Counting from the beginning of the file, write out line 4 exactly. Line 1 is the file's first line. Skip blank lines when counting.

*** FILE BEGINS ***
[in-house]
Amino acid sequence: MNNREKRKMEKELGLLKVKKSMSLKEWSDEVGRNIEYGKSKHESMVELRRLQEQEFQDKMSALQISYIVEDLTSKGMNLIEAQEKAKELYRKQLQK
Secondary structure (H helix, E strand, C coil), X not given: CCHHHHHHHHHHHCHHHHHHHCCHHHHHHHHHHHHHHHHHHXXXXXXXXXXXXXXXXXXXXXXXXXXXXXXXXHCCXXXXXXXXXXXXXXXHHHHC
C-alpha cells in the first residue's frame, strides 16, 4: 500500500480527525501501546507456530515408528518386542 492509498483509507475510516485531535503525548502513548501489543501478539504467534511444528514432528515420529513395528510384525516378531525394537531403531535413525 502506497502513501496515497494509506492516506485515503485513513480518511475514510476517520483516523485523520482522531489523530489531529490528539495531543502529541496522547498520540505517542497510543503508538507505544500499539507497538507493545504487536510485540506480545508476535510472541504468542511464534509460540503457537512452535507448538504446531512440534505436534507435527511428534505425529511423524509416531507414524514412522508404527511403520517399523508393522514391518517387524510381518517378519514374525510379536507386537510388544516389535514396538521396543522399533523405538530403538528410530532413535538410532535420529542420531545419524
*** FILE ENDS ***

C-alpha cells in the first residue's frame, strides 16, 4: 500500500480527525501501546507456530515408528518386542 492509498483509507475510516485531535503525548502513548501489543501478539504467534511444528514432528515420529513395528510384525516378531525394537531403531535413525 502506497502513501496515497494509506492516506485515503485513513480518511475514510476517520483516523485523520482522531489523530489531529490528539495531543502529541496522547498520540505517542497510543503508538507505544500499539507497538507493545504487536510485540506480545508476535510472541504468542511464534509460540503457537512452535507448538504446531512440534505436534507435527511428534505425529511423524509416531507414524514412522508404527511403520517399523508393522514391518517387524510381518517378519514374525510379536507386537510388544516389535514396538521396543522399533523405538530403538528410530532413535538410532535420529542420531545419524